I’ve gone back and forth on trading the 345 or just figuring out how to get along with it. Since the guitar belonged to my dad, I always talk myself out of parting with it.
    Ah I see, that's always a tough call.

  22. #21

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    There is no easy way to increase the string spacing while using a tune-o-matic bridge that I'm aware of. How much you can gain at the nut depends on the current spacing, and how far from the edge of the fingerboard the strings are now. It might be possible to get a couple of millimeters or maybe more, but that might put the strings so close to the edge as to make playing uncomfortable without having them slip off the side. No way to know without trying it, and that's a lot of work. That's impossible to tell without seeing it, or at least having some numbers.

  23. #22

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    Quote Originally Posted by sgosnell
    There is no easy way to increase the string spacing while using a tune-o-matic bridge that I'm aware of. How much you can gain at the nut depends on the current spacing, and how far from the edge of the fingerboard the strings are now. It might be possible to get a couple of millimeters or maybe more, but that might put the strings so close to the edge as to make playing uncomfortable without having them slip off the side. No way to know without trying it, and that's a lot of work. That's impossible to tell without seeing it, or at least having some numbers.
    I definitely don’t like the idea of having the E strings too close to the fret edges....had a Strat a few years ago that was a bastard on the low E...it pulled off the edge ALL the time. I’m not married to the TOM, so maybe a rosewood compensated that isn’t pre-slotted would make a good starting point. So frustrating as the guitar sounds great but I hate playing it.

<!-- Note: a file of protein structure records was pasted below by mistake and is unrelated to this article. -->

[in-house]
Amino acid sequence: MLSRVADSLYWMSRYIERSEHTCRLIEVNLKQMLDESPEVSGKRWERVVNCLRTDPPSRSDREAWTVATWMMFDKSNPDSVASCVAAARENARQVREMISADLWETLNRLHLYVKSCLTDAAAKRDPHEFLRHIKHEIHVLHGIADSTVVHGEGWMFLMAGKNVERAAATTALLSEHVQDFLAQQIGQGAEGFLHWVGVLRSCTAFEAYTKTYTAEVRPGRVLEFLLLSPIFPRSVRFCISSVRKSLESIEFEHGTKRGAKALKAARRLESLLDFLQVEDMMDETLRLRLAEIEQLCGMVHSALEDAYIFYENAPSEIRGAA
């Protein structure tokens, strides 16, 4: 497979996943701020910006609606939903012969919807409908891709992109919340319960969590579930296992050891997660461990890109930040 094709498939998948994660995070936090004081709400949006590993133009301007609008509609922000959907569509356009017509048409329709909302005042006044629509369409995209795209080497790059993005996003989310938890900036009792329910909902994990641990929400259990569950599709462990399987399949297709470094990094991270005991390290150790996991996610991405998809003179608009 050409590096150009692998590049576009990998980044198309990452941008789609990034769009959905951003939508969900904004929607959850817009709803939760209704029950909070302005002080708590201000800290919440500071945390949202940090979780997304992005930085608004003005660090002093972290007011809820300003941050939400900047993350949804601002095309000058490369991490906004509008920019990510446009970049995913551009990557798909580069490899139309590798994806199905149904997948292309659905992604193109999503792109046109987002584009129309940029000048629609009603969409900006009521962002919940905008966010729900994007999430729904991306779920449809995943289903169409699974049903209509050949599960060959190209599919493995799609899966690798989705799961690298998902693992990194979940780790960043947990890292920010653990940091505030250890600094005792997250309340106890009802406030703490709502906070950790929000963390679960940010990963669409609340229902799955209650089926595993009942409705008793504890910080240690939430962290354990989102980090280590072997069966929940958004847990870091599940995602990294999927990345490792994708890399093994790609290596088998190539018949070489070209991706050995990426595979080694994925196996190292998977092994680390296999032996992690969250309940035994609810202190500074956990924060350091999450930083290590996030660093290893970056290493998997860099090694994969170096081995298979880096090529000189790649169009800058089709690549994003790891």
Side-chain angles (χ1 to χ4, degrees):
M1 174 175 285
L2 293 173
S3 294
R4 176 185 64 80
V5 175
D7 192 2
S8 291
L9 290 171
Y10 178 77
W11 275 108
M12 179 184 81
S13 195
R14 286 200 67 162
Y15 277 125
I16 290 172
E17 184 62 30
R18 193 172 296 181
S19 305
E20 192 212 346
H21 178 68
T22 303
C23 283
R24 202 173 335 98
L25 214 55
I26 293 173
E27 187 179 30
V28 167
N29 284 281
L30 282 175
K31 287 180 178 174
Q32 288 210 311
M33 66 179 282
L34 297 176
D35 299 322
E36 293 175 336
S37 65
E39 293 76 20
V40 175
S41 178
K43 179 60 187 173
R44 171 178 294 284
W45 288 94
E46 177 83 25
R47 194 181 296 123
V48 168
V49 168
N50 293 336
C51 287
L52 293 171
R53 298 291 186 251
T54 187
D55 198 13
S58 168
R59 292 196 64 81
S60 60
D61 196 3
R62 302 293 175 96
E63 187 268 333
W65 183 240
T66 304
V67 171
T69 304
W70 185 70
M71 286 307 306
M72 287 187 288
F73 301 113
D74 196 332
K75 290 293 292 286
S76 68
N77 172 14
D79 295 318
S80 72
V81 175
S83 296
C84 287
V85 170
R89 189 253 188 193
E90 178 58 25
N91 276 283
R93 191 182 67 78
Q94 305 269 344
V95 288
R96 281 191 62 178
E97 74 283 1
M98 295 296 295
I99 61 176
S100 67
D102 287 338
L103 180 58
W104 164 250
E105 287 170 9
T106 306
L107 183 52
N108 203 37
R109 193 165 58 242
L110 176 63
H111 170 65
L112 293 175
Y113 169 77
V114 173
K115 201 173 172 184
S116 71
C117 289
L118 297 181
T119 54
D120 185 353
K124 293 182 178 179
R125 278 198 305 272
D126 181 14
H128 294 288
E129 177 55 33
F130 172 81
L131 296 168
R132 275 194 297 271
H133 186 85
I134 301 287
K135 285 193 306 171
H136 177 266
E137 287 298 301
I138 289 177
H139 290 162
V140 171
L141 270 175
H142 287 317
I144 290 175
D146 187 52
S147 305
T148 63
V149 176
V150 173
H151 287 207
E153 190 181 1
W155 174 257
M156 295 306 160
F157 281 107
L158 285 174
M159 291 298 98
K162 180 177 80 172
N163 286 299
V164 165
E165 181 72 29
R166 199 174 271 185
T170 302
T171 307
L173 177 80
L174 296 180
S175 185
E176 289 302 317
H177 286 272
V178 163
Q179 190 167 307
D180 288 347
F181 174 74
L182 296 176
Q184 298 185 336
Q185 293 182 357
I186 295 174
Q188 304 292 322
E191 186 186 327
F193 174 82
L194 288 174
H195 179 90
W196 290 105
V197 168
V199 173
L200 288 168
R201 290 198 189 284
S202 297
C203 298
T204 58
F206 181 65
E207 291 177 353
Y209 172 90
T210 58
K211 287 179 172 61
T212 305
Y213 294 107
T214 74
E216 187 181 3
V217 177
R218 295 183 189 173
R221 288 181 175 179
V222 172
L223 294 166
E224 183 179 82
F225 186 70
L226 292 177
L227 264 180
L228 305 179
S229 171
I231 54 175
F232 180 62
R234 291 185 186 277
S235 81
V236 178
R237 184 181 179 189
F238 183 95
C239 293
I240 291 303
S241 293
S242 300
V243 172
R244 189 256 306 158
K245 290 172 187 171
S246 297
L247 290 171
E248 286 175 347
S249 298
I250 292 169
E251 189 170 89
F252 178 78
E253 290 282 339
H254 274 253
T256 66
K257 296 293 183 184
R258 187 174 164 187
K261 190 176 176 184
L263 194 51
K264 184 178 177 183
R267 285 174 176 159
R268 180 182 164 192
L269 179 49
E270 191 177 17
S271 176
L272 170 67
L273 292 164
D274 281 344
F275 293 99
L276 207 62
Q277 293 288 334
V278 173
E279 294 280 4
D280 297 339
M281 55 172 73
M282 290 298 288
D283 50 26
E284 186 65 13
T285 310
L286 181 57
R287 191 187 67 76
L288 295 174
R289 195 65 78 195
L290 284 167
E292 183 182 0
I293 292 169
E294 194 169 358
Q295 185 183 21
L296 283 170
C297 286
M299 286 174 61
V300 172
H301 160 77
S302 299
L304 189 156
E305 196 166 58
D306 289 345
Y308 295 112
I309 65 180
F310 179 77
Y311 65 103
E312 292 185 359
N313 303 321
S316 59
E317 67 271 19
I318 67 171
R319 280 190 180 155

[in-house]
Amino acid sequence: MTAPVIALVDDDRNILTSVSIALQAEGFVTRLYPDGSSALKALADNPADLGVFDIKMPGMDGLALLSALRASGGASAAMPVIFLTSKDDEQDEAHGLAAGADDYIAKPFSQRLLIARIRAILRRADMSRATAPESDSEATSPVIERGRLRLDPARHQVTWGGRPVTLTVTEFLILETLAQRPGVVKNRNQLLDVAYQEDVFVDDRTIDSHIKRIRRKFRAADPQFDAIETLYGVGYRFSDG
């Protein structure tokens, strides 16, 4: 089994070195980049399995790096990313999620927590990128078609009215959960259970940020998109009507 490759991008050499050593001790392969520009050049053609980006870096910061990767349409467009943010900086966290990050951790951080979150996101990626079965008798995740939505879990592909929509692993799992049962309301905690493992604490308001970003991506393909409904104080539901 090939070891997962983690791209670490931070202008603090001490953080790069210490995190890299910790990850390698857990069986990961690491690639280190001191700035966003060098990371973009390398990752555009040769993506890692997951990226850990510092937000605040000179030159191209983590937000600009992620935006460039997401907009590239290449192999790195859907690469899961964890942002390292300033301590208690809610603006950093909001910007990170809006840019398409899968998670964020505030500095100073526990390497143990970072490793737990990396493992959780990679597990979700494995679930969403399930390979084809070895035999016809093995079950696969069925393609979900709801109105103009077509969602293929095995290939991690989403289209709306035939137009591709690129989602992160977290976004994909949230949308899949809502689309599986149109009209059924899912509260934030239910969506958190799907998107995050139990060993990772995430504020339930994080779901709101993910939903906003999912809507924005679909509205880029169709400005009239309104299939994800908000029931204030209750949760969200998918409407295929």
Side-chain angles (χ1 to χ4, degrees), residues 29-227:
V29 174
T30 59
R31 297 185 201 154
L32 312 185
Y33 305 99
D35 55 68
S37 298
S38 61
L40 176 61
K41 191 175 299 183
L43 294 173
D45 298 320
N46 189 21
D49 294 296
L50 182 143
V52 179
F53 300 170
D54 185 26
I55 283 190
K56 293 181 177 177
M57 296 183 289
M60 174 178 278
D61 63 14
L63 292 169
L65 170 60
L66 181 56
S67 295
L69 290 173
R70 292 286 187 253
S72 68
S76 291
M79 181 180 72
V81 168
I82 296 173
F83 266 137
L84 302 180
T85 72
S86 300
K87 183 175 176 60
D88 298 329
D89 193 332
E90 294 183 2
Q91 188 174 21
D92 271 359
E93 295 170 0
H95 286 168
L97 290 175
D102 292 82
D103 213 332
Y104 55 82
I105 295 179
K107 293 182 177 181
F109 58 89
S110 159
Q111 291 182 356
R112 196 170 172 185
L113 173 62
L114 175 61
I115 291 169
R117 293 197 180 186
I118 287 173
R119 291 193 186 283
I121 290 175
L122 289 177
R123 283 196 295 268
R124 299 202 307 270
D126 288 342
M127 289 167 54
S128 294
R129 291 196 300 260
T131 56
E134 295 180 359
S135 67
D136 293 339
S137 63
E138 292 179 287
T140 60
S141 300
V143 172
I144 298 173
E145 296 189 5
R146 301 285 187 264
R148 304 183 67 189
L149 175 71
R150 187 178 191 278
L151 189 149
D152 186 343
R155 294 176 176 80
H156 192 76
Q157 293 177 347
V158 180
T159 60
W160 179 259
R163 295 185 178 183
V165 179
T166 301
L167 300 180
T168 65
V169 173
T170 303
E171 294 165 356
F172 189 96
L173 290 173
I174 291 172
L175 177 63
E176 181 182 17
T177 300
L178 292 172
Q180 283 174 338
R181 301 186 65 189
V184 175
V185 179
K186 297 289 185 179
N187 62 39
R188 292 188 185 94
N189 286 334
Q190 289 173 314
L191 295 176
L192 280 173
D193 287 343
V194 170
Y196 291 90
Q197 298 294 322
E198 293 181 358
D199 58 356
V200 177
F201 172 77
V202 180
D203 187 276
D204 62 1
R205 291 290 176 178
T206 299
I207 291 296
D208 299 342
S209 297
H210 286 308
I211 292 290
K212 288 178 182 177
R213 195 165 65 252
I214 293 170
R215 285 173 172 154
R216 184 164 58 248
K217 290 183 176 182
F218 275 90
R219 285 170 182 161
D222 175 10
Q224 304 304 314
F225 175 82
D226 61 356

24. #23

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    Hi
    Your expertise required.

    I am about to fit a new nut to my 6 string archtop. Could I ask your knowledge on string spacing?
    Where the nut fits the F/B the width of the F/B--including binding--is 45mm. Would the two E stings be the same measurement from the edge of the F/B--your views on this?

    Many thanks.

  25. #24

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    This requires too much information. Lots of research and videos's can help but I suggest taking it to a repairman.

  26. #25

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    theoretically, you want the spacing from the nut ends/edge of fretboard to be equal...but as the diameter of the hi E string is a lot smaller than the low E...some informed tweaking is needed when spacing

    check out a dan erlewine tutorial on utube or stewmac site

    cheers

  27. #26

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    Assuming equal inset for bass and treble, the attached (zipped) spreadsheet should provide the centres for equal string spacing with any given set of strings.

    Arthur
    Attached Files Attached Files

  28. #27

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    Yes 1/8" clear space from the outside edge of each e string at the nut.
    When slotting a new nut I first establish the location of the two E strings. I start by marking the location of the two E strings so that there is a distance of 1/8" between the outside edge of the string and the edge of the fingerboard at the nut. I then use gauged slotting files that match the dia. of the string to cut the notch. I cut the notch depth to about 2/3 of the string dia. for the wound strings and the notches are cut as deep as the full string dia. for the plain strings. After the E strings are set I measure the space left between the inside edge of each string. From this space I subtract the total width/dia. of the four remaining strings and divide the remaining space by five and that will be the amount of space left between each of the strings. I use a fine line mechanical pencil to mark the location of the center of each notch that is needed. I then use the properly gauged files to cut the remaining notches.

  29. #28

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    Matt's description is good(you can also, assuming you have another guitar, on which you like the string spacing, use it as a template). The spacing at the nut can somewhat depend on how the fret ends have been filed: if they are sharply(overly) beveled, that can limit a wider spacing. If this is your first attempt, probably a good idea to make one or two practice runs, on sacrificial blanks.